(Reuters) – Nick Kyrgios, who has been placed on probation by the governing body of men’s tennis over his behavior, hit out at Norwegian player Casper Ruud on Twitter on Thursday.
FILE PHOTO: Tennis – Laver Cup – Geneva, Switzerland – September 21, 2019 Team World’s Nick Kyrgios in action during his singles match against Team Europe’s Roger Federer REUTERS/Pierre Albouy/File Photo
The Australian was responding to comments made by Ruud in an interview with Swedish tennis website Tennisportalen here about their match at Rome in May where Kyrgios was disqualified after hurling a chair on to the court.
Ruud, who did not take kindly to Kyrgios’ tweet then about how he had celebrated the victory, said the hot-headed 24-year-old was “completely crazy” and had behaved like an “idiot” on the court.
“Hey @CasperRuud98 next time you have something to say, I would appreciate you say it to my face, I’m sure you wouldn’t run your mouth so much after that,” Kyrgios, one of the most combustible characters in tennis, tweeted here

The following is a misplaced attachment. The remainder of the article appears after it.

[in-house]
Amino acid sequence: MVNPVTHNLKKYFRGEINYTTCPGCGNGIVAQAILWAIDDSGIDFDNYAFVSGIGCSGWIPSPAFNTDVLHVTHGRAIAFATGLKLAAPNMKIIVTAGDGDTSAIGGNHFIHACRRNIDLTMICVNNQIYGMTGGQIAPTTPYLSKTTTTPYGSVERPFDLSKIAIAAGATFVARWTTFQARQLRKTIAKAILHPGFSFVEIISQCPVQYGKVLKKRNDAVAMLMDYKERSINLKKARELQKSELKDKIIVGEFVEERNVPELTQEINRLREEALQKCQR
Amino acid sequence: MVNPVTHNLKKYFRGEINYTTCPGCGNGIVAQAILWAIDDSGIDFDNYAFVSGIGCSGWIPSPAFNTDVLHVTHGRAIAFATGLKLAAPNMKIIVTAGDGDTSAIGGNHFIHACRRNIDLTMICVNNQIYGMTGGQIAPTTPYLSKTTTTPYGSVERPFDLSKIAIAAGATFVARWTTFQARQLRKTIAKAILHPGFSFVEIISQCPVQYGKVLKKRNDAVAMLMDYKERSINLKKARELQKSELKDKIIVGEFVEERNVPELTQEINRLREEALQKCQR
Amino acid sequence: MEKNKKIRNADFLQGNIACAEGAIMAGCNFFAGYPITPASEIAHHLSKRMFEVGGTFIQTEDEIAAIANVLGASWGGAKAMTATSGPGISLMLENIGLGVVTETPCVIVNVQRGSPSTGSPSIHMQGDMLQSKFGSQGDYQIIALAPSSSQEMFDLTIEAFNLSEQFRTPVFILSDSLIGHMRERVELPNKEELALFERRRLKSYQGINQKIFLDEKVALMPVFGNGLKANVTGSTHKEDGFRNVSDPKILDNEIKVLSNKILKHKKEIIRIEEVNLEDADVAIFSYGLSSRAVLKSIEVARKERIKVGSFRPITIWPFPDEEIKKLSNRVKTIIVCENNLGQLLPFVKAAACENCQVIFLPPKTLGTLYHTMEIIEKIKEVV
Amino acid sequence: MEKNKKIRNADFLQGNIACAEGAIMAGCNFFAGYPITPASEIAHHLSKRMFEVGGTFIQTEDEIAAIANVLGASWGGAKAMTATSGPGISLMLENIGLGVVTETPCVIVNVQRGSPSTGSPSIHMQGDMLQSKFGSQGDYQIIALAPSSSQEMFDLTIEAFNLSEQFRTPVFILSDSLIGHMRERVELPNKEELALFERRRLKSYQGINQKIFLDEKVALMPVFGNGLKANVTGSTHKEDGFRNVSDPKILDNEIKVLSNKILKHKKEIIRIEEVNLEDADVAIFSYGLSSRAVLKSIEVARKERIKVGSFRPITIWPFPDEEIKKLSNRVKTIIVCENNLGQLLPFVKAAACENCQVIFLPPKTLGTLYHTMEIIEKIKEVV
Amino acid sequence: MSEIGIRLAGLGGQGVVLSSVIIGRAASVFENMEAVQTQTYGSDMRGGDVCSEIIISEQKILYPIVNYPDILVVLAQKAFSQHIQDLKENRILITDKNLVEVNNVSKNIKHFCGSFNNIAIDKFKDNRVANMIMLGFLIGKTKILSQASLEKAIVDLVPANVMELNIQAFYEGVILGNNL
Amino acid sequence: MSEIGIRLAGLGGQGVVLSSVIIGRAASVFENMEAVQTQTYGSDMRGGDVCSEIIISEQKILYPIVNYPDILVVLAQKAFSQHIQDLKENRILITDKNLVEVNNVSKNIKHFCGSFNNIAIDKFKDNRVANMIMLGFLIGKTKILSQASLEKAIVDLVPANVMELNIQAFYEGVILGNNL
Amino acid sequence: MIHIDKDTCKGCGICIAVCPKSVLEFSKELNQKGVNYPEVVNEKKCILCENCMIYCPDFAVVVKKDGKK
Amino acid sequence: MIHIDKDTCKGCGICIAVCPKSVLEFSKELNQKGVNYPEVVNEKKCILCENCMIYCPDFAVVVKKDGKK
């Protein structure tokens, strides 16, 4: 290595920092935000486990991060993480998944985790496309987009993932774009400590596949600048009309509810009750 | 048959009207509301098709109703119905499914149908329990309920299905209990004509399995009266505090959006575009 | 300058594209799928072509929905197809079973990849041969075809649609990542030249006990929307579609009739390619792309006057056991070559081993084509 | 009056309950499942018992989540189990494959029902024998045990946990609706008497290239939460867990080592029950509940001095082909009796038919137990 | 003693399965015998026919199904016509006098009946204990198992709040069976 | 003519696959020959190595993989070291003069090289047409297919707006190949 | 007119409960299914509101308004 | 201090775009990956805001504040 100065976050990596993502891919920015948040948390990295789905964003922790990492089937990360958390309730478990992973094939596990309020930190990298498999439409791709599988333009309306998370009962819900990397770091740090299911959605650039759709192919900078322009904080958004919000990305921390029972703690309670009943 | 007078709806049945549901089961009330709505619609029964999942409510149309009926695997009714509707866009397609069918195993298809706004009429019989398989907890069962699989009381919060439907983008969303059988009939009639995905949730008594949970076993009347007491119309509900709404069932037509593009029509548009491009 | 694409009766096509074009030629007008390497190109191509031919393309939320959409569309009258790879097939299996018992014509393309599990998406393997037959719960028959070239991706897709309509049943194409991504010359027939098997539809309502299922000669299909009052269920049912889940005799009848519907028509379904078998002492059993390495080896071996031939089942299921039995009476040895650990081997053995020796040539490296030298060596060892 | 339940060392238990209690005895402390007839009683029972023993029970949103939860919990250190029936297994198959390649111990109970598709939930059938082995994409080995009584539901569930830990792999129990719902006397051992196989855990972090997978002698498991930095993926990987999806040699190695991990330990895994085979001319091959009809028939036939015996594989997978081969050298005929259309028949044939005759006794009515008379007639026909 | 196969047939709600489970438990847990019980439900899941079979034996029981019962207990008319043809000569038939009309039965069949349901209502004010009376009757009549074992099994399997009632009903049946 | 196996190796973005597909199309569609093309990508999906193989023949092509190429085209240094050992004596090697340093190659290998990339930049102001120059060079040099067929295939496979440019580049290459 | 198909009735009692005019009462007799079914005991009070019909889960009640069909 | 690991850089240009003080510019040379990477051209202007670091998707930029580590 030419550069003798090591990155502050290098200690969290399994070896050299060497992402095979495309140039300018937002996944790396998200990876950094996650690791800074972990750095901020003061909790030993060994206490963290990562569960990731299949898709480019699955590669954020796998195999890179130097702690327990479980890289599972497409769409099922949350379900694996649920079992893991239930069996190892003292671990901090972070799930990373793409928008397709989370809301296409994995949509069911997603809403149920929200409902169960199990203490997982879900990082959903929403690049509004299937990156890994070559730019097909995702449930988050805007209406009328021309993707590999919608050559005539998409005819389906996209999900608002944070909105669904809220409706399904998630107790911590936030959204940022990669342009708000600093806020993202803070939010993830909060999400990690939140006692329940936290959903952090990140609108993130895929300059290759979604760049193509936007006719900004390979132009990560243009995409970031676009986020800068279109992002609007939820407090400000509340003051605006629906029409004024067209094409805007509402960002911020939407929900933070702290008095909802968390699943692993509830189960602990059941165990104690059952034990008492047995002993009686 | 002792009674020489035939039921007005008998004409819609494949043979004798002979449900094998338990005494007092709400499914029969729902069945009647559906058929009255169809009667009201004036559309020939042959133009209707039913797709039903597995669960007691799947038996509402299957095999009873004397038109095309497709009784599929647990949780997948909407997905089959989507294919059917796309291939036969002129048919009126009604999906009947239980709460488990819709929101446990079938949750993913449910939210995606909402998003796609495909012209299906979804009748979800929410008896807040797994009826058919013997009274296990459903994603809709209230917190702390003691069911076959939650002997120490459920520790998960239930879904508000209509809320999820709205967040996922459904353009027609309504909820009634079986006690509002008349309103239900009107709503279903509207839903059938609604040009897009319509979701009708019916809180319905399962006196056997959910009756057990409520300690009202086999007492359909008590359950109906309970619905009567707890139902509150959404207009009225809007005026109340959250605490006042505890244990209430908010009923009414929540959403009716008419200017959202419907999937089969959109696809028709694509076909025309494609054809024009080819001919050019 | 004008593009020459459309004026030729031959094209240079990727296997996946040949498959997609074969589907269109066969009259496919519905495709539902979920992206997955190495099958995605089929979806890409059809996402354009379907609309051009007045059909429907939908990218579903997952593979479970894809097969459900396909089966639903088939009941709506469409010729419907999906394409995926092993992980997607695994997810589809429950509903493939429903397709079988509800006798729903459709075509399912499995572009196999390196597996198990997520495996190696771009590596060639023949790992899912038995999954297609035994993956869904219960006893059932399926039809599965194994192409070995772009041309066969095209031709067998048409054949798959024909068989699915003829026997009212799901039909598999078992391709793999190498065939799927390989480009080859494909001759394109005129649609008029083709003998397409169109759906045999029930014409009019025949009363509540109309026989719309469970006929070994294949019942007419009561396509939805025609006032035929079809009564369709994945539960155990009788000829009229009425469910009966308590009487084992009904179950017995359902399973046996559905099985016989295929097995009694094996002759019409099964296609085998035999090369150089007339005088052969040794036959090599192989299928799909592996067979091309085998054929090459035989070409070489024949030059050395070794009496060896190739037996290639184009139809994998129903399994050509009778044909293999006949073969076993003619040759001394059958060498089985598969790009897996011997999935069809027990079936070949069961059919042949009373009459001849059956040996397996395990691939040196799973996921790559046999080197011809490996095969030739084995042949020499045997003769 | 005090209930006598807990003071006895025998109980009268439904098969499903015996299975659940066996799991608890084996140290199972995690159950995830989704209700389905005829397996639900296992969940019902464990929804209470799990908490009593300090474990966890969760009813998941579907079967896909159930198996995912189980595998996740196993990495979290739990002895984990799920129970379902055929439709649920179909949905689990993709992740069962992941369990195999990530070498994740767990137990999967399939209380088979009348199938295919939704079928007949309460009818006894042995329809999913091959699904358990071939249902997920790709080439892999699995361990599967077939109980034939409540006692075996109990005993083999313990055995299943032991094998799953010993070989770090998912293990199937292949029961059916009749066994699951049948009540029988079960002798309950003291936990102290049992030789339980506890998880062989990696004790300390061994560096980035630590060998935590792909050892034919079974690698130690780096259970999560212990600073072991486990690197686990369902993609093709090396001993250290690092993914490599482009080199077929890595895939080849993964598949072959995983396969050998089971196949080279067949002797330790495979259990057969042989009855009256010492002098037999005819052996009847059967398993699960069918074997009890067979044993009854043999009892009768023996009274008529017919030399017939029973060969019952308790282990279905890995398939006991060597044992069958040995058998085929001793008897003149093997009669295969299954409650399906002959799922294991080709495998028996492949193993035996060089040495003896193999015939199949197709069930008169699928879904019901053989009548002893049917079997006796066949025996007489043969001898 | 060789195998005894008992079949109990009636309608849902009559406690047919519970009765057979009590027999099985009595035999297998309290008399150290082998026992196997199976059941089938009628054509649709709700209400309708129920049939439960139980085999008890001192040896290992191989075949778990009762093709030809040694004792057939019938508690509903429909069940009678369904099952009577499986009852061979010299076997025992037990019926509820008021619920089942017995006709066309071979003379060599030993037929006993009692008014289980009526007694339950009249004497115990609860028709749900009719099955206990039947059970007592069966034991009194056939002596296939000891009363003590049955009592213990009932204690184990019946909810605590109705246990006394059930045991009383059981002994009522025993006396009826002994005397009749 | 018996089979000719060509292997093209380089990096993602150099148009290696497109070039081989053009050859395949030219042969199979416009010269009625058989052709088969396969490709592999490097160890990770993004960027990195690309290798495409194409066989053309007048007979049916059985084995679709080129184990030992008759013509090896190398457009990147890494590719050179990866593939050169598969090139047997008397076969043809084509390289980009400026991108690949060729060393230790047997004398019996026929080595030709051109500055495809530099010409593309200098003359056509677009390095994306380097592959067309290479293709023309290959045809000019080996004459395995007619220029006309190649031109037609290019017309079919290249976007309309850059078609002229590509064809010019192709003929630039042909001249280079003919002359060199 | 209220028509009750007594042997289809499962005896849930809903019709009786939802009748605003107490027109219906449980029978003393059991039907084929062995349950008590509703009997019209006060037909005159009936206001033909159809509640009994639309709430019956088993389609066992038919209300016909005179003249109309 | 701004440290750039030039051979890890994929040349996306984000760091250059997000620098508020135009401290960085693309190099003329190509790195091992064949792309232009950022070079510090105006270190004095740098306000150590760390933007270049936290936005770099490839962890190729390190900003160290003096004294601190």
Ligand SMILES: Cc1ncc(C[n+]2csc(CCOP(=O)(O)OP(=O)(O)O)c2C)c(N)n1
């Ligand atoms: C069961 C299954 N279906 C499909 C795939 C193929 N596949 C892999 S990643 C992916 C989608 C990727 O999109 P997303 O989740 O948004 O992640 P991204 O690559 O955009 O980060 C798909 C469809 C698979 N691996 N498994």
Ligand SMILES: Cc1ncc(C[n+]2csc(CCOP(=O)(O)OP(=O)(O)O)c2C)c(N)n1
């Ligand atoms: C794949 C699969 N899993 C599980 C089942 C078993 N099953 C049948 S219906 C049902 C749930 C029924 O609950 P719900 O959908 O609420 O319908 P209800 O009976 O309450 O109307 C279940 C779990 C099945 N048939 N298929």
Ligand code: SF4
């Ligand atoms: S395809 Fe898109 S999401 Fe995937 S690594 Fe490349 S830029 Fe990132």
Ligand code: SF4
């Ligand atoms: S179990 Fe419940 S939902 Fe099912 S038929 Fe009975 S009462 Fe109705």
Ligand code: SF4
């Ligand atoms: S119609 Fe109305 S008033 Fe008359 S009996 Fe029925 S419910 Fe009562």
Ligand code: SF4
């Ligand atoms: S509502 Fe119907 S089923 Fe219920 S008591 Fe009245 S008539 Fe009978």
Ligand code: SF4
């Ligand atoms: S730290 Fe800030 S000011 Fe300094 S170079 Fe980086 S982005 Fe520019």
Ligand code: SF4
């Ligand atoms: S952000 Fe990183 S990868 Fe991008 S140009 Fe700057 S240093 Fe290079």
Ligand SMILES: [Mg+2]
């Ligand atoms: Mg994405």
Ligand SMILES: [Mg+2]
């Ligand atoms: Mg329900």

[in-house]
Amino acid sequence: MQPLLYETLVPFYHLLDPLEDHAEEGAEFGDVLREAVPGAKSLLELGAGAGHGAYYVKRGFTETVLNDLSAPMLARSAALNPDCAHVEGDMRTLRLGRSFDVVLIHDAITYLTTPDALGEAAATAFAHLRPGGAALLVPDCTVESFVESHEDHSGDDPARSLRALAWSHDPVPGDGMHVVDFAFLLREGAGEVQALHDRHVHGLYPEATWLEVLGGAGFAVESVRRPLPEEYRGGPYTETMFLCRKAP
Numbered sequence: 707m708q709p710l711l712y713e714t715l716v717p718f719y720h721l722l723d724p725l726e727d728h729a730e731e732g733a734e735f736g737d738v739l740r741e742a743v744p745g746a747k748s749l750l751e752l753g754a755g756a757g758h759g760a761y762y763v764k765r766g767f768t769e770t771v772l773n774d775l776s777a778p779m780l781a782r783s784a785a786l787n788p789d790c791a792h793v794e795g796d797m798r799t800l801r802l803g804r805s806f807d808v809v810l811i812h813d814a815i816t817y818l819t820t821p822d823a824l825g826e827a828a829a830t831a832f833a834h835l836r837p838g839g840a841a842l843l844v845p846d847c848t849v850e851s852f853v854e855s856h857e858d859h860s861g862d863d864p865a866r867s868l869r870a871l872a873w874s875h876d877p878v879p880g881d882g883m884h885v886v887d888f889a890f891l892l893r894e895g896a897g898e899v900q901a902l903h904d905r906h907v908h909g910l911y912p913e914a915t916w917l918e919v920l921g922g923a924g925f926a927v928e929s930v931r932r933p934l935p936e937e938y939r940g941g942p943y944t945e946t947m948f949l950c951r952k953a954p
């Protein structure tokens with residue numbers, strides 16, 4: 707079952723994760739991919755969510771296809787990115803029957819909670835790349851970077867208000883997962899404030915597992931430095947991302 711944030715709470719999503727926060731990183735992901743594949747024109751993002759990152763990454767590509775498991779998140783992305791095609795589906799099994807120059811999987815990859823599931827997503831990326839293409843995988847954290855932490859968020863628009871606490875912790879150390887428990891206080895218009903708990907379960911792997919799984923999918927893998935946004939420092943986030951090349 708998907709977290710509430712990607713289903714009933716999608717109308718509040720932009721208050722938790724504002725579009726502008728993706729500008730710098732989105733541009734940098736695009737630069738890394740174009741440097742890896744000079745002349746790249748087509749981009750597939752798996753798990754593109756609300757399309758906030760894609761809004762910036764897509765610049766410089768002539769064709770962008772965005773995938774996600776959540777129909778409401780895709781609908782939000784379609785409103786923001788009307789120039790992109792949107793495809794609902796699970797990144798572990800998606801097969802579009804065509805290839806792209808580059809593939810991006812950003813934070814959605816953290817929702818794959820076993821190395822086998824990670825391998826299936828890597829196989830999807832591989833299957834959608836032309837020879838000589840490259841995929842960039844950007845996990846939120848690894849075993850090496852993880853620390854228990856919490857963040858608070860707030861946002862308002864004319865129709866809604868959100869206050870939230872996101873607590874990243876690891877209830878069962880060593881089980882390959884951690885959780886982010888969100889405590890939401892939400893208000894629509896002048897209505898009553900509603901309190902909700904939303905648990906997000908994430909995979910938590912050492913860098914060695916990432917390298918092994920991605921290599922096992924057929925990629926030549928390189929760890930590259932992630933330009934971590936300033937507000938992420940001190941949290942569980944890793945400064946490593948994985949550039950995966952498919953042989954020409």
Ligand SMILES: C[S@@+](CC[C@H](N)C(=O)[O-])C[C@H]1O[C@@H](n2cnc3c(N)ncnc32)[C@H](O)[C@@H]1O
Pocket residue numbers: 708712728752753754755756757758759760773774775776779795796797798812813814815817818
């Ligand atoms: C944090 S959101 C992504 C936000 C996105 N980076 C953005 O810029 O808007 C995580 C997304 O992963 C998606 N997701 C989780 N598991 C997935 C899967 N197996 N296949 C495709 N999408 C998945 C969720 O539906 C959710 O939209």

“Until then I will continue to rather watch paint dry than watch you play tennis, boring af.
“But again, I also understand why you have to keep my name in your mouth, because people don’t even realize that you play tennis… good luck in Milan champ.”
Kyrgios was fined $113,000 by the ATP over his meltdown at Cincinnati in August and courted more trouble at the U.S. Open when he described them as “pretty corrupt”.
He was given a suspended ban of 16 weeks and fine of $25,000 last month after an investigation found a pattern of behavior related to Kyrgios’s verbal abuse of officials and/or fans in the past year.
Both the fine and suspension are deferred pending Kyrgios’s compliance with a set of conditions which will apply at ATP and Challenger Tour events during a six-month probationary period.
World number 30 Kyrgios, a devastating player when motivated and injury-free, was named in Australia’s squad for next month’s revamped Davis Cup finals in Spain.
Reporting by Shrivathsa Sridhar in Bengaluru; Editing by Simon Cameron-Moore